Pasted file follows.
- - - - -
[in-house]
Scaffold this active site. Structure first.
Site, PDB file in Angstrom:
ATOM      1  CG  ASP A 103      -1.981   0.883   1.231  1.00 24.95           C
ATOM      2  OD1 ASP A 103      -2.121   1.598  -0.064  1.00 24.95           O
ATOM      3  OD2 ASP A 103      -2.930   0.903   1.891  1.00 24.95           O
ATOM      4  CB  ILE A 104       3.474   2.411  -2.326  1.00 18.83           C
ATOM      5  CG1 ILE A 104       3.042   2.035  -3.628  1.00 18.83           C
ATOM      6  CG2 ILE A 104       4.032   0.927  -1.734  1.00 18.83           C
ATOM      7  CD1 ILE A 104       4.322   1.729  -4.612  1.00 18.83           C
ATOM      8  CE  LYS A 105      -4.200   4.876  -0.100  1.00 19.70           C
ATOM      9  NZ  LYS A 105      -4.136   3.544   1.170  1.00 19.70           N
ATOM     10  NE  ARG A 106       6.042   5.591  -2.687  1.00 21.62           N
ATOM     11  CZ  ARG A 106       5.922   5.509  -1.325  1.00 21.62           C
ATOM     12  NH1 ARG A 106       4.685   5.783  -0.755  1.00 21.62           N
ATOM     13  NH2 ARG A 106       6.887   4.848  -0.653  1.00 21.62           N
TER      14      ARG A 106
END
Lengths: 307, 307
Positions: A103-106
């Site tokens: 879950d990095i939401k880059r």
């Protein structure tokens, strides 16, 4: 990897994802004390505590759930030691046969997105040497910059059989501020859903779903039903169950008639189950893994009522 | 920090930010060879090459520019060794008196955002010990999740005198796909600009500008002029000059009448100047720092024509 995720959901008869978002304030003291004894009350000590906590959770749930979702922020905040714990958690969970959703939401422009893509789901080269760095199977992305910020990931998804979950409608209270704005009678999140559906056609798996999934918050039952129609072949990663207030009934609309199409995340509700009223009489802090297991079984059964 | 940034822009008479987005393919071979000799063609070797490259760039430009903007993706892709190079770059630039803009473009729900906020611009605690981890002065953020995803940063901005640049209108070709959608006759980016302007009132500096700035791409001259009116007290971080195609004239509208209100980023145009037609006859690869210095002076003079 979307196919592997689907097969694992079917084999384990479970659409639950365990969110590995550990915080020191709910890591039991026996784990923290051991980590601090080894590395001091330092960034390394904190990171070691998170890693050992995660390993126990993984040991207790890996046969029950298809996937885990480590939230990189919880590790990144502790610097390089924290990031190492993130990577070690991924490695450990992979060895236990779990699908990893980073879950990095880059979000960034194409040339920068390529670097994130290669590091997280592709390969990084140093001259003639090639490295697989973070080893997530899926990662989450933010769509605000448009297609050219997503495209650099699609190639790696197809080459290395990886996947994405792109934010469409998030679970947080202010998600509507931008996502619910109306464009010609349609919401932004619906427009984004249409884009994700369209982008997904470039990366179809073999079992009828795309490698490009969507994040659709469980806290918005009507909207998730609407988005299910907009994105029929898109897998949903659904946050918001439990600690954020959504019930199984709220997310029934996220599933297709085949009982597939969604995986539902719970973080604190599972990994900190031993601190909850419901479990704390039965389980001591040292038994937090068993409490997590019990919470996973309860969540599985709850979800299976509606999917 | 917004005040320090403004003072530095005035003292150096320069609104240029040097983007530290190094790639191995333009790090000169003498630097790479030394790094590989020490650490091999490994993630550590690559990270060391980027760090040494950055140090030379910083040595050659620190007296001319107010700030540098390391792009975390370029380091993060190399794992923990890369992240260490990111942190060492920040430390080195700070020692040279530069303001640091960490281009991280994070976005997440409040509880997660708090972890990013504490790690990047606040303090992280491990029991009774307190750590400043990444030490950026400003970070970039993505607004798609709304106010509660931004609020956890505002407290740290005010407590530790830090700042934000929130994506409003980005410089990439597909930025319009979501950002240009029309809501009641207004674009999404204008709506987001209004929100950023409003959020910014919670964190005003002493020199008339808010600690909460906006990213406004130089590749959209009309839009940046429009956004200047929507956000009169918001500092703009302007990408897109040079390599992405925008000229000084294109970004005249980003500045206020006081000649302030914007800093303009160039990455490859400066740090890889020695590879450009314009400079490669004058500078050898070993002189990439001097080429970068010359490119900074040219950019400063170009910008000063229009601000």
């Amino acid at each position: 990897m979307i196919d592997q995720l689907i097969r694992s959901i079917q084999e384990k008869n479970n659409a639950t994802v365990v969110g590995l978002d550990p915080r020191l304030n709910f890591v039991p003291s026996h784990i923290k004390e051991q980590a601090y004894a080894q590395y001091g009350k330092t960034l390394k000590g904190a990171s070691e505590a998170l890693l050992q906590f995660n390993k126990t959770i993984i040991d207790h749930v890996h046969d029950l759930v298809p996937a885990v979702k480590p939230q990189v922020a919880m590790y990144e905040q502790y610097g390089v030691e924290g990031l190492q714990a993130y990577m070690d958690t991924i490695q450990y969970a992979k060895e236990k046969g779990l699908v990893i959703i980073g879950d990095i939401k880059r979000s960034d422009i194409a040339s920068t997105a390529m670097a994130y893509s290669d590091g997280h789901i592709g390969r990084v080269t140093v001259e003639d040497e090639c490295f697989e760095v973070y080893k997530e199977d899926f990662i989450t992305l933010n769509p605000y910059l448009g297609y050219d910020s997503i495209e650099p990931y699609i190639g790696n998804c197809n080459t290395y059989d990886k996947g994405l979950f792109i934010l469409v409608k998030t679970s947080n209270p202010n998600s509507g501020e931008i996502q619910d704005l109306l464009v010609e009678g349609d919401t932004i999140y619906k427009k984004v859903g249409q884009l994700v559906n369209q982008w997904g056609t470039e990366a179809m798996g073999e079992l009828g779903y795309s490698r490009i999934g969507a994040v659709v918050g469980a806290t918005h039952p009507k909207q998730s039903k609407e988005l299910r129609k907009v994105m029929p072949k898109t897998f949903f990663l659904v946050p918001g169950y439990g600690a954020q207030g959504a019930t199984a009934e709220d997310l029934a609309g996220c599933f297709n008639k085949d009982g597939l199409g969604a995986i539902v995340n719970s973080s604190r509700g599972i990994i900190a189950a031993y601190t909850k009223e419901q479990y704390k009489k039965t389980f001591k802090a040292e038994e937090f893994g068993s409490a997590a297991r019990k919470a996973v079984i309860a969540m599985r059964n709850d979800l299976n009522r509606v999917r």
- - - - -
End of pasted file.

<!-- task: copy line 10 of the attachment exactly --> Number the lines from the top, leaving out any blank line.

ATOM      7  CD1 ILE A 104       4.322   1.729  -4.612  1.00 18.83           C